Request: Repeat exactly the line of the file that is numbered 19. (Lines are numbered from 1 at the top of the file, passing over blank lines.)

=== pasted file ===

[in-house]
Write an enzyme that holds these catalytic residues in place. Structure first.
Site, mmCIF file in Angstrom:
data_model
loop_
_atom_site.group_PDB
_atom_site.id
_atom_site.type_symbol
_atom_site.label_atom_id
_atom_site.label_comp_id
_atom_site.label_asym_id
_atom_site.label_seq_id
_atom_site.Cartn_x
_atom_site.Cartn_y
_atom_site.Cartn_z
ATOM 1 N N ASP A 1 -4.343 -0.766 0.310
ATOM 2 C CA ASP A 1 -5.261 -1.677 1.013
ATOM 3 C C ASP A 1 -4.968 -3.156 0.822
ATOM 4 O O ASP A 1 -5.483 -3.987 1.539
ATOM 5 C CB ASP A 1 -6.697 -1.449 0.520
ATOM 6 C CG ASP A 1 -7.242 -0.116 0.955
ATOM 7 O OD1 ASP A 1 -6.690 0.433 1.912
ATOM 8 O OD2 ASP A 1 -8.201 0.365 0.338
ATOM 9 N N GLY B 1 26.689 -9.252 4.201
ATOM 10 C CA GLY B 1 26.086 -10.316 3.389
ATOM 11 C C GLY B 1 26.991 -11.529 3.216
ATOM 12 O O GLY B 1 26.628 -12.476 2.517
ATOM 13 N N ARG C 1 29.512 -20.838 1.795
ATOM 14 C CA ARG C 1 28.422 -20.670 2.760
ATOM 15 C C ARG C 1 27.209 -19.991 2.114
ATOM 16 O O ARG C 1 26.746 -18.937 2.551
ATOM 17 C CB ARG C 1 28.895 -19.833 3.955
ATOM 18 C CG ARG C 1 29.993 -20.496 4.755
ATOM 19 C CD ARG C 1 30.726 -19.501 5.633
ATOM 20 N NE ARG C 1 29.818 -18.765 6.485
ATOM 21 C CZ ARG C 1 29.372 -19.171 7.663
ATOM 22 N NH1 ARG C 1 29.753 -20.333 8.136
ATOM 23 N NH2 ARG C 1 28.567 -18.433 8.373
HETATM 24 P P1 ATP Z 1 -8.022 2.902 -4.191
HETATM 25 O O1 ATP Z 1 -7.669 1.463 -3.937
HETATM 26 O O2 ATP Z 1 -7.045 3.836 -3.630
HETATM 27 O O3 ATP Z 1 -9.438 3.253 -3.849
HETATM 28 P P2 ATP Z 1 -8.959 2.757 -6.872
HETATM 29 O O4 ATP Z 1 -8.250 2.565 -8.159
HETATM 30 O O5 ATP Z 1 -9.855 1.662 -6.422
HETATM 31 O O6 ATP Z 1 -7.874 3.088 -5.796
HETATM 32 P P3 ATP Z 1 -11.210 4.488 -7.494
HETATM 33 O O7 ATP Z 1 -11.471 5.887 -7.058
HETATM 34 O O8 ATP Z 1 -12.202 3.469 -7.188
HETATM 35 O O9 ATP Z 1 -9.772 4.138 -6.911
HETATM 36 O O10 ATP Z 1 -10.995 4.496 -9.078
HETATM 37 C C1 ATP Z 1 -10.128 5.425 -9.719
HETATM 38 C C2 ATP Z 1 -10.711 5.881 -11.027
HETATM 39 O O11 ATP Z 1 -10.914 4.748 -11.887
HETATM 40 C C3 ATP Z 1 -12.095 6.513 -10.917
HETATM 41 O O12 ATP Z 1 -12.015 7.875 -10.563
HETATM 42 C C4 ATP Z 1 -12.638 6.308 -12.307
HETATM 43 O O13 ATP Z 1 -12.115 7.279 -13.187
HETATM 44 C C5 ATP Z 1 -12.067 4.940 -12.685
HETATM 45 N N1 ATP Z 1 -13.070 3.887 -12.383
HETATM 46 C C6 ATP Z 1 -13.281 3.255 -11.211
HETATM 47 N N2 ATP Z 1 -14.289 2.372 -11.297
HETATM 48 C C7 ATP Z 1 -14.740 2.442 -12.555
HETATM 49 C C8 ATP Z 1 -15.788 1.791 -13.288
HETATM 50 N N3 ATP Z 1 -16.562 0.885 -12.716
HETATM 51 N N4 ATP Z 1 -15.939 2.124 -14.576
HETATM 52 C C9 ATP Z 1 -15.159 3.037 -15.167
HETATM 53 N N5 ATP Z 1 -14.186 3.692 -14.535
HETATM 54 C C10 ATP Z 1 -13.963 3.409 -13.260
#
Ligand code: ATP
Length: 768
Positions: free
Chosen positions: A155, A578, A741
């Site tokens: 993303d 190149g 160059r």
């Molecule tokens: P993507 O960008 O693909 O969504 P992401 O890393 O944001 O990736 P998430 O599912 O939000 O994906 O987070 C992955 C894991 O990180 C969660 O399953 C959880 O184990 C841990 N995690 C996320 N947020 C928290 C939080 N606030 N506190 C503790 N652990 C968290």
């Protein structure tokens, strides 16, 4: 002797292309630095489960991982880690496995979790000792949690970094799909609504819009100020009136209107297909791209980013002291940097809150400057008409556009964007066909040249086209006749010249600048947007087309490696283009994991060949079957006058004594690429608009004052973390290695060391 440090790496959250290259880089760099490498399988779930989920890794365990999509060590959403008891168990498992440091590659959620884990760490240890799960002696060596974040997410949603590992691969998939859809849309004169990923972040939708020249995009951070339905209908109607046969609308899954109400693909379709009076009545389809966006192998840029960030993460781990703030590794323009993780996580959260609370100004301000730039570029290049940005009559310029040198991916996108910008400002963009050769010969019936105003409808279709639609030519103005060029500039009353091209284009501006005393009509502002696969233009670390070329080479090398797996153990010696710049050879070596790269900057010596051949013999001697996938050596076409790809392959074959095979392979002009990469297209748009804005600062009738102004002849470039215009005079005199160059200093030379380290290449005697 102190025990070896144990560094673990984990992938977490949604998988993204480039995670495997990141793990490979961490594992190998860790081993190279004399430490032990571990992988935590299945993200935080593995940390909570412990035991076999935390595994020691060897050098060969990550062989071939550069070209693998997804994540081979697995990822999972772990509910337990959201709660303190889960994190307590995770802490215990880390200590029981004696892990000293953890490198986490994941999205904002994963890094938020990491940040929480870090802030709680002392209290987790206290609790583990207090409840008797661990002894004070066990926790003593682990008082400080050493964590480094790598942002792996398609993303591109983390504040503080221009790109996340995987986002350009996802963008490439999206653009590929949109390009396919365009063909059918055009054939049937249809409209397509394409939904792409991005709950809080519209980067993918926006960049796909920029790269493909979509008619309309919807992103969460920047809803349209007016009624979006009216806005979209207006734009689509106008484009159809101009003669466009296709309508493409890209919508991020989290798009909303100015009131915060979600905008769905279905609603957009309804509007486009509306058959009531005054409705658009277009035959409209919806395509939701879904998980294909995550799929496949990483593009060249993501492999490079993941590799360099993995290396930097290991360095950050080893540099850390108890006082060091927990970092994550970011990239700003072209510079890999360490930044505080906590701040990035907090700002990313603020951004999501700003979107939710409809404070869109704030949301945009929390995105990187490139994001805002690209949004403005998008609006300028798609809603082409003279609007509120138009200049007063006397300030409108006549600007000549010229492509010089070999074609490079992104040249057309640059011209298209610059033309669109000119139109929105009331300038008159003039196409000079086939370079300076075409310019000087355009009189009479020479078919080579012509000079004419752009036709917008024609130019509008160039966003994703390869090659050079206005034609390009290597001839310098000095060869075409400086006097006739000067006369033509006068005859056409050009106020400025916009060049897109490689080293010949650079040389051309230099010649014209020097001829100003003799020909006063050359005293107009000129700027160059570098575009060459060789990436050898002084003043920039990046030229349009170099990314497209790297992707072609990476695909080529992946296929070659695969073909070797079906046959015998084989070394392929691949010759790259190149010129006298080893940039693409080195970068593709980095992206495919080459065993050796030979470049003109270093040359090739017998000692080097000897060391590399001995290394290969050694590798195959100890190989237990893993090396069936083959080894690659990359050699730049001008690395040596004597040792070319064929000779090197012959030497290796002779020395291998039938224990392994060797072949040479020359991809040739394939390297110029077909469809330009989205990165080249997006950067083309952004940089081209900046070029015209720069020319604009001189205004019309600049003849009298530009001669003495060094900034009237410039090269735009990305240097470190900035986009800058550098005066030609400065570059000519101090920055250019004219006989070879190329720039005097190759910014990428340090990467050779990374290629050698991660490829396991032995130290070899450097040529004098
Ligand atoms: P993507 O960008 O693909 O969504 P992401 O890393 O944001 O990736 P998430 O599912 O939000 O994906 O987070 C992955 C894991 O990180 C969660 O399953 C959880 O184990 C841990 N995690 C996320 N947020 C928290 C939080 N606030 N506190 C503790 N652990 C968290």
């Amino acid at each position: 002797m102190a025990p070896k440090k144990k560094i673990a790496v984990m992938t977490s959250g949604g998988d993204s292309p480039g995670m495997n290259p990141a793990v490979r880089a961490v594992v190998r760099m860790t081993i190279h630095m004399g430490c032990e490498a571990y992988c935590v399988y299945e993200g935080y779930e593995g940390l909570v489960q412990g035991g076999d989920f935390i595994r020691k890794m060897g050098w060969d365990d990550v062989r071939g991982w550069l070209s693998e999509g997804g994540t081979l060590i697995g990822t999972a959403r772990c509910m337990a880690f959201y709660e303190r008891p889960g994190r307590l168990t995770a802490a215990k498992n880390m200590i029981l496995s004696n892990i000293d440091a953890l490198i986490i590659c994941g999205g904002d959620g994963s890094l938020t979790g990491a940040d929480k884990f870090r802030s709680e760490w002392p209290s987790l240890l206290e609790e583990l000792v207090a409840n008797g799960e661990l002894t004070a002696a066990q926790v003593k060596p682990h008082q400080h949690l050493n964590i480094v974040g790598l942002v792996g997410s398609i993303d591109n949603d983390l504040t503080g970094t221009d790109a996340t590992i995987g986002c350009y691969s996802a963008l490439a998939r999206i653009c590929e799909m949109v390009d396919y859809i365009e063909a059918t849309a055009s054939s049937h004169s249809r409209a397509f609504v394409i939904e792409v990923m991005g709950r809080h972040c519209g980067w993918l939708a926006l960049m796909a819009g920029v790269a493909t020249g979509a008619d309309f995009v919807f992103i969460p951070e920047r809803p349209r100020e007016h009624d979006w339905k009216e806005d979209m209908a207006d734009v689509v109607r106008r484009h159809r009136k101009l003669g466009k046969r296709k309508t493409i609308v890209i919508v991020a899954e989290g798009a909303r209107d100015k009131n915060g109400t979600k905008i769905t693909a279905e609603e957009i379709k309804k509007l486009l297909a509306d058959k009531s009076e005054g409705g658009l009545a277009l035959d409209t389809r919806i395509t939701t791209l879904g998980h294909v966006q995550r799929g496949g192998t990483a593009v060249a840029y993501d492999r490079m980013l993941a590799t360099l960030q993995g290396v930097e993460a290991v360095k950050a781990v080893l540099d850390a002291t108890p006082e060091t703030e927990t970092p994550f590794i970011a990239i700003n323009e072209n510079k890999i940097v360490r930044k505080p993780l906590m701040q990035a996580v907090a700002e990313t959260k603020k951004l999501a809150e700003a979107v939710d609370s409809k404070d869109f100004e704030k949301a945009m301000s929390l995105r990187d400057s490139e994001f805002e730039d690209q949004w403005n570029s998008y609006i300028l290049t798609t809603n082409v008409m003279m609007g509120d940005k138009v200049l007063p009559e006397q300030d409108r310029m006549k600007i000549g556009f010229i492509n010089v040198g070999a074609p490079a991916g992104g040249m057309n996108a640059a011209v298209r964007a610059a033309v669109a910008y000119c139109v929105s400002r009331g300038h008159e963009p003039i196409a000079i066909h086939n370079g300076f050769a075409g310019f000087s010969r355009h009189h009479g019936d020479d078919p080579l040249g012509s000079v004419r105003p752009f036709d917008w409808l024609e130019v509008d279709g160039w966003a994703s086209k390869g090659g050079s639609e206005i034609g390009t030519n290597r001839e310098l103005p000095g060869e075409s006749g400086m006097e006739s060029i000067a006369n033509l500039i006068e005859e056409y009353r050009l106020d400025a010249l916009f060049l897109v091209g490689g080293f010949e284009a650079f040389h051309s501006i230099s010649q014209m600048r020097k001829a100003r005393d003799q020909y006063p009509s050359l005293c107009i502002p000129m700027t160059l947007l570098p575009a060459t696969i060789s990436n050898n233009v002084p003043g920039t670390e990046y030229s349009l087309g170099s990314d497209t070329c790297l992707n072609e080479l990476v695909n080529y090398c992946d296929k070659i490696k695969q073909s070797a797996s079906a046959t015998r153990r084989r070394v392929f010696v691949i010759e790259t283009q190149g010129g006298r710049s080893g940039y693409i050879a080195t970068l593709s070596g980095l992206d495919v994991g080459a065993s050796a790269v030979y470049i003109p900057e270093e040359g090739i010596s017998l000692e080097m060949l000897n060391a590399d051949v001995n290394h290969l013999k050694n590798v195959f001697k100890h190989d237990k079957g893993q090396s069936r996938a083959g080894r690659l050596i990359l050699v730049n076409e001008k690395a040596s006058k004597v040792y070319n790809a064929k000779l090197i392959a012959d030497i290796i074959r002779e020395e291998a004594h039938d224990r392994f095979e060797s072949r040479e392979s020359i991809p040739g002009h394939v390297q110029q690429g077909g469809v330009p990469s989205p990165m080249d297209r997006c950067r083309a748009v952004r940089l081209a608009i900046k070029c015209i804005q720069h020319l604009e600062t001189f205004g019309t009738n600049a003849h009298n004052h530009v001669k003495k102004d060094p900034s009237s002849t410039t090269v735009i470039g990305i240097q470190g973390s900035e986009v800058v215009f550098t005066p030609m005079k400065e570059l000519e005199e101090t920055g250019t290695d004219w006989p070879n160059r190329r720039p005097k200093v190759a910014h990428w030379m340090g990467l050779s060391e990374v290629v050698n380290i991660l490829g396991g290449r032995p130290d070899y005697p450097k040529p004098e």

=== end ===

ATOM 4 O O ASP A 1 -5.483 -3.987 1.539